This morning's Wall Street Journal has another item for ObamaCare watchers' Who-Could-Have-Predicted?! file:
Patients are demanding doctors' orders for over-the-counter products because of a provision in the health-care overhaul that slipped past nearly everyone's radar. It says people who want a tax break to buy such items with what's known as flexible-spending accounts need to get a prescription first.
The result is that Americans are visiting their doctors before making a trip to the drugstore, hoping their physician will help them out by writing the prescription. The new requirements create not only an added burden for doctors, but also new complications for retailers and pharmacies.
"It drives up the cost of health care as opposed to reducing it," says Dr. Chung, who rejected much of a 10-item request from a mother of four that included pain relievers and children's cold medicine.
As consequences go, this was probably unintended; later in the article, the Senate aide who proposed the policy says he believes it was "not the ideal solution." But it was also predictable, or at least should have been: If you tell people that they can stretch their tax-free spending accounts further with the permission of a doctor, then more people are going to seek the permission of a doctor to stretch their tax-free spending accounts further. For many individuals, it's worth it: All it costs them is a little bit of their time. But it also eats up doctors' relatively expensive time, and, consequently, drives up the overall cost of providing care.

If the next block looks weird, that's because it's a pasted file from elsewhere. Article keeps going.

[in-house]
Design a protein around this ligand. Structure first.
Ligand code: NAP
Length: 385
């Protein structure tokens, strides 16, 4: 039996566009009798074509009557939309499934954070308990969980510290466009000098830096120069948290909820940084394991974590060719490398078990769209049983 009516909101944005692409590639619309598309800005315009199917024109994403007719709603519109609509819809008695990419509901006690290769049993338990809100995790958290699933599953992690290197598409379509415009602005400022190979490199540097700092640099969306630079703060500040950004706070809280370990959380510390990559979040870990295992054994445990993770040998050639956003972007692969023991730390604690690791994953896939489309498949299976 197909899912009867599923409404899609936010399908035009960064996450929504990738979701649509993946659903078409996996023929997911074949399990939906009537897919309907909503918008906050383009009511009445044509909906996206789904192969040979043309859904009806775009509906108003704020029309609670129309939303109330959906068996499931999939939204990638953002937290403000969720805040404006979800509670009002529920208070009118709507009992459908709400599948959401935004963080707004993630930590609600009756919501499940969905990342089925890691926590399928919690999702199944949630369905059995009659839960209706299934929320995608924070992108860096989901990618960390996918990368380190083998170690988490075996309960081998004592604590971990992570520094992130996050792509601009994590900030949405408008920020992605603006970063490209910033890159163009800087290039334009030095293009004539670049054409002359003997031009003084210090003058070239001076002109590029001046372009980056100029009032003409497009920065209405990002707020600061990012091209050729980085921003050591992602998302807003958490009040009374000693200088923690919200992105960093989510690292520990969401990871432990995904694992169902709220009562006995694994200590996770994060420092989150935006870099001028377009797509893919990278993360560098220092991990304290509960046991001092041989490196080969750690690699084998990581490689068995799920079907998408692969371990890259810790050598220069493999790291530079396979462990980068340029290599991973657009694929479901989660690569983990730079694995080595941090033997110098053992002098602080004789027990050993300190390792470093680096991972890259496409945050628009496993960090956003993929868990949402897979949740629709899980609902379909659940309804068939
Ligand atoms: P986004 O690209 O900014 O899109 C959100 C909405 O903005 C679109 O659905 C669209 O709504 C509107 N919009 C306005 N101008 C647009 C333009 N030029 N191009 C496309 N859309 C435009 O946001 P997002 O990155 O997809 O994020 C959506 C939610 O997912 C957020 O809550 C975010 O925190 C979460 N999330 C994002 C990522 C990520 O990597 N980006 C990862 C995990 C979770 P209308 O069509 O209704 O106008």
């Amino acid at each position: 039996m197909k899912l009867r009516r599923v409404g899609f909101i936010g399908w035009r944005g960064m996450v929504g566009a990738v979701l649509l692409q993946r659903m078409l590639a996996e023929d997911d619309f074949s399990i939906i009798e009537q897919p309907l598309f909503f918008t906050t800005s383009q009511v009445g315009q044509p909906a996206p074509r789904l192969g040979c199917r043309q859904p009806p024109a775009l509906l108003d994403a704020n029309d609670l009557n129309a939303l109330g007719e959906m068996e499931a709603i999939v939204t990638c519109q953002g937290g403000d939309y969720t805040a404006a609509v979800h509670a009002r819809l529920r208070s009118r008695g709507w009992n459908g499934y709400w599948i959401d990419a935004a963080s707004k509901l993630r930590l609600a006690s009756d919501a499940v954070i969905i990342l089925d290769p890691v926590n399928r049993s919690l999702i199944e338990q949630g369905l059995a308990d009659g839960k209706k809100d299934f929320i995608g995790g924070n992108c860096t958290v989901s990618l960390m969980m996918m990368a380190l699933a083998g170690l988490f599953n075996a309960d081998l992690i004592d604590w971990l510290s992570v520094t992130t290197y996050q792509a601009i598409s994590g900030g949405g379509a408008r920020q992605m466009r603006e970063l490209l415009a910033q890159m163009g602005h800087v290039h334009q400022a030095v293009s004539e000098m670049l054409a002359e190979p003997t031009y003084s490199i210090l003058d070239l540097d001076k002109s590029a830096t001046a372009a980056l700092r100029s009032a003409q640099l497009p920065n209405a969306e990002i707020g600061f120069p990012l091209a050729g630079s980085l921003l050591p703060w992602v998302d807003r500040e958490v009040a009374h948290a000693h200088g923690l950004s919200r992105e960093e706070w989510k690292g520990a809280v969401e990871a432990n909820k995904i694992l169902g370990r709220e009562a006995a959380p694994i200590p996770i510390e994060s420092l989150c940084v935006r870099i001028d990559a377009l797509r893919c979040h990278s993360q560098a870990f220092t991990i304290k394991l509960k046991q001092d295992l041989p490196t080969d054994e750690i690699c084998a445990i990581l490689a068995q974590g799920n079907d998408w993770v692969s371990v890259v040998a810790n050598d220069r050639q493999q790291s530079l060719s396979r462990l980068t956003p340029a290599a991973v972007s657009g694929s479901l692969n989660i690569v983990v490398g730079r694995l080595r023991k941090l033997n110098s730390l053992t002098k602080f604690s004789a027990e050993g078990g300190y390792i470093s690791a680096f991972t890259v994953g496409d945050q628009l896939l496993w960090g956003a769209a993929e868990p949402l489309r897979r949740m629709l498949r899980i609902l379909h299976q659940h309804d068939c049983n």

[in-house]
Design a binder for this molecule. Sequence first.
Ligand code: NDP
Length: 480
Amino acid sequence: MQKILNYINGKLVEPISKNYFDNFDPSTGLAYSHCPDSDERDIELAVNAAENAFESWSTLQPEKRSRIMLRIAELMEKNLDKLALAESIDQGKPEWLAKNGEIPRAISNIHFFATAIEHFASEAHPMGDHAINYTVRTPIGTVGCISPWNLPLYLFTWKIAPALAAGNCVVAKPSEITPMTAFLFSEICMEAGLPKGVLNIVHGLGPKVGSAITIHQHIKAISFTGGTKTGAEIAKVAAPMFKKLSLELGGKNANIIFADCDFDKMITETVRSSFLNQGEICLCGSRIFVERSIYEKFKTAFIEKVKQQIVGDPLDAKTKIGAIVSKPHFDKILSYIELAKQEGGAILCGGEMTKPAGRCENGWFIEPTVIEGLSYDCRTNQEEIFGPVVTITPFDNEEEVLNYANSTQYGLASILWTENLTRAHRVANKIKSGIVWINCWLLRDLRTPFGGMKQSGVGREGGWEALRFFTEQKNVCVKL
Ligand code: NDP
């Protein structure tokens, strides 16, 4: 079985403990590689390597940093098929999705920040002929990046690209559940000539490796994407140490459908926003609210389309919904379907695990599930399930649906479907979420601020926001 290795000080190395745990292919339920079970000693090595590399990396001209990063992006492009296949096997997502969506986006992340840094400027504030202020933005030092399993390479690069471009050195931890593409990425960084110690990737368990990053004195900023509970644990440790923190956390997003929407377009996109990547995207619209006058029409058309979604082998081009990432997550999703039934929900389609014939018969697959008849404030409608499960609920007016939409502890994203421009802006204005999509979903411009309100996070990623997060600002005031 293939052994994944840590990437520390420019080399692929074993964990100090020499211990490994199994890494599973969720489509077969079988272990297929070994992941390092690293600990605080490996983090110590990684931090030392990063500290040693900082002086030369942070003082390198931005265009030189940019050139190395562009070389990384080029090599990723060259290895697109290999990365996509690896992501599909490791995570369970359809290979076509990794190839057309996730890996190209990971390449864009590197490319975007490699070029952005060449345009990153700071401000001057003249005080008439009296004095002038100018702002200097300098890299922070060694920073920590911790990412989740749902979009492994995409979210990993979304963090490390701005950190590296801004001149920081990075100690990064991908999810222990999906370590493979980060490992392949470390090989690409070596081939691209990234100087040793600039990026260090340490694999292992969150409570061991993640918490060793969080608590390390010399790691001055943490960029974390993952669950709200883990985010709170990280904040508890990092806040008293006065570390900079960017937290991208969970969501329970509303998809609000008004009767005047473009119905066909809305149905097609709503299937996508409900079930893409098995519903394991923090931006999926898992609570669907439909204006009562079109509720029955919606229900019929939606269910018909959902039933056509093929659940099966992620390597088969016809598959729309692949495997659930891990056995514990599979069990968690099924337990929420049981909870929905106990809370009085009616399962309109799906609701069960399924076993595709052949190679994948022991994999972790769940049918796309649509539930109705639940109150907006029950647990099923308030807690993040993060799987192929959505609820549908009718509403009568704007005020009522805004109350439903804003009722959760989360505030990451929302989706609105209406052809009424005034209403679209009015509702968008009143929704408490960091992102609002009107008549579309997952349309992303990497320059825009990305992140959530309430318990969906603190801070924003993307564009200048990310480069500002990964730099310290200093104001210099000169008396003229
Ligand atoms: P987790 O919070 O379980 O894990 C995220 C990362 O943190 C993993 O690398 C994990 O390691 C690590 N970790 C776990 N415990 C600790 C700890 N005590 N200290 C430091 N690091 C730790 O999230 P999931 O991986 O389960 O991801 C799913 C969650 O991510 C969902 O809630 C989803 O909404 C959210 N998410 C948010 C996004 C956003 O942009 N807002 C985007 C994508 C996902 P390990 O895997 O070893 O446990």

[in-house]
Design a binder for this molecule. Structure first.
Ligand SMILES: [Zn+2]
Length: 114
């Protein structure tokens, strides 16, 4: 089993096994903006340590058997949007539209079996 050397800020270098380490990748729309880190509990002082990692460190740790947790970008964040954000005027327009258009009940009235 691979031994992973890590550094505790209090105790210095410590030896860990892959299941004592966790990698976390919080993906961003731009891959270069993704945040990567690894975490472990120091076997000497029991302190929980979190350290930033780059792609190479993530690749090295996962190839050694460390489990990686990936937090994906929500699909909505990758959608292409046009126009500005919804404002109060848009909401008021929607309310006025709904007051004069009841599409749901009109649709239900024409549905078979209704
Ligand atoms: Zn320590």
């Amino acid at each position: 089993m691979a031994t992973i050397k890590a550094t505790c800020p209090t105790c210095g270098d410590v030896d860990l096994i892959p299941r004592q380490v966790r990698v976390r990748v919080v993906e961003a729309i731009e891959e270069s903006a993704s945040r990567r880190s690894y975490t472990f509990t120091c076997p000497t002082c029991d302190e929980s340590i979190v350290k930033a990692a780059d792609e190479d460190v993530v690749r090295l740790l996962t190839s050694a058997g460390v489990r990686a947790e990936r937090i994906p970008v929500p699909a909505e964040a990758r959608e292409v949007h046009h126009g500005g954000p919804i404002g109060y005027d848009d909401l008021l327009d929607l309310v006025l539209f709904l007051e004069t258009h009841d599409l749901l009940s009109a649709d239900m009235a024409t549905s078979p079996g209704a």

As with the 1099-reporting provision, this was designed mostly as a small revenue raiser; accordin to the Journal, the bill's authors counted on generating about $5 billion over the next 10 years by tweaking the tax break associated with flexible spending accounts. But that fails to account for the trade-off, which is more physician time spent dealing with prescription requests for over the counter drugs. Essentially, the law is forcing the cost of the provision onto doctors, who will now spend more time dealing with a fairly trivial task that shouldn't—and didn't previously—require their attention. That may prove especially problematic given that many expect a significant shortage of primary care physicians in the next decade.
In the grand scheme of things, it's a small part of the law. And I don't think it's wise to act as if the rules governing flexible spending accounts should be set in stone; those accounts were created by government policy in the first place. But the story does suggest, once again, how difficult it is to attempt to micromanage something as complex as the health care sector, and how easy it is for policymakers, in attempting to patch the flaws in old policies, to cause new problems they didn't foresee.